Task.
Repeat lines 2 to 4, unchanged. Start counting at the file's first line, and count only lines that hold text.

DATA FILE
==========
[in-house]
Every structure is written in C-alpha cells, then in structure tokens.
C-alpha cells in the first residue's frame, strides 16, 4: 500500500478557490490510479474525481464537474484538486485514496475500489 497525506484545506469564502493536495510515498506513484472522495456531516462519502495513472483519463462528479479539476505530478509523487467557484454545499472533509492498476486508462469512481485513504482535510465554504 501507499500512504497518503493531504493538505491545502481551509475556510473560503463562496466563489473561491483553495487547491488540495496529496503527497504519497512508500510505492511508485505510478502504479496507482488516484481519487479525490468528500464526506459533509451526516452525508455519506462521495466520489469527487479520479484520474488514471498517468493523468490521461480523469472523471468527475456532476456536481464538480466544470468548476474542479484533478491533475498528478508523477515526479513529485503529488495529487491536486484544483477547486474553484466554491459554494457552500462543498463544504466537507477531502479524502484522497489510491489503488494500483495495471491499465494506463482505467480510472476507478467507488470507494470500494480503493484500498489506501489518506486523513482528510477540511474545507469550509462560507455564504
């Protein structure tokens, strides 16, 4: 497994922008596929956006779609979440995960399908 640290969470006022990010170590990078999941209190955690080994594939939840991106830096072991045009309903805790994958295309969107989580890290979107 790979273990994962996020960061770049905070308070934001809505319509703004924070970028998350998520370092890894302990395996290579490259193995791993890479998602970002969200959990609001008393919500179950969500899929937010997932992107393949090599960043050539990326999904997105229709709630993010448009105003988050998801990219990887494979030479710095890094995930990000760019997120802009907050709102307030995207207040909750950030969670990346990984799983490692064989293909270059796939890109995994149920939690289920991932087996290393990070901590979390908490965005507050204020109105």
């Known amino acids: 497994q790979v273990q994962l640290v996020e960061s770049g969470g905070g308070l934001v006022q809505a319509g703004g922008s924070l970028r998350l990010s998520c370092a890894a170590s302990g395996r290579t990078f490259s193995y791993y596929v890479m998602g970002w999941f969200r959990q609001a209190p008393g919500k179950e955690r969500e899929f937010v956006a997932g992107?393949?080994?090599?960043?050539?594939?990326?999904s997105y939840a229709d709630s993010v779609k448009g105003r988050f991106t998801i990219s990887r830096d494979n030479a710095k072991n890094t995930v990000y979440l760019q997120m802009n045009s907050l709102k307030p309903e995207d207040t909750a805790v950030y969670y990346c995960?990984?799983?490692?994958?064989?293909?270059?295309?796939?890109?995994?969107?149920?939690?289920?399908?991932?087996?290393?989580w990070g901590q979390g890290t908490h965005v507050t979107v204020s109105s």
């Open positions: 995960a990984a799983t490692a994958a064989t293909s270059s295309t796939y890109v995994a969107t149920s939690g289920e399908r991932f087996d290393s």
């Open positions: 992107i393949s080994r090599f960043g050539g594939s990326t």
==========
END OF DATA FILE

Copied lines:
Every structure is written in C-alpha cells, then in structure tokens.
C-alpha cells in the first residue's frame, strides 16, 4: 500500500478557490490510479474525481464537474484538486485514496475500489 497525506484545506469564502493536495510515498506513484472522495456531516462519502495513472483519463462528479479539476505530478509523487467557484454545499472533509492498476486508462469512481485513504482535510465554504 501507499500512504497518503493531504493538505491545502481551509475556510473560503463562496466563489473561491483553495487547491488540495496529496503527497504519497512508500510505492511508485505510478502504479496507482488516484481519487479525490468528500464526506459533509451526516452525508455519506462521495466520489469527487479520479484520474488514471498517468493523468490521461480523469472523471468527475456532476456536481464538480466544470468548476474542479484533478491533475498528478508523477515526479513529485503529488495529487491536486484544483477547486474553484466554491459554494457552500462543498463544504466537507477531502479524502484522497489510491489503488494500483495495471491499465494506463482505467480510472476507478467507488470507494470500494480503493484500498489506501489518506486523513482528510477540511474545507469550509462560507455564504
């Protein structure tokens, strides 16, 4: 497994922008596929956006779609979440995960399908 640290969470006022990010170590990078999941209190955690080994594939939840991106830096072991045009309903805790994958295309969107989580890290979107 790979273990994962996020960061770049905070308070934001809505319509703004924070970028998350998520370092890894302990395996290579490259193995791993890479998602970002969200959990609001008393919500179950969500899929937010997932992107393949090599960043050539990326999904997105229709709630993010448009105003988050998801990219990887494979030479710095890094995930990000760019997120802009907050709102307030995207207040909750950030969670990346990984799983490692064989293909270059796939890109995994149920939690289920991932087996290393990070901590979390908490965005507050204020109105």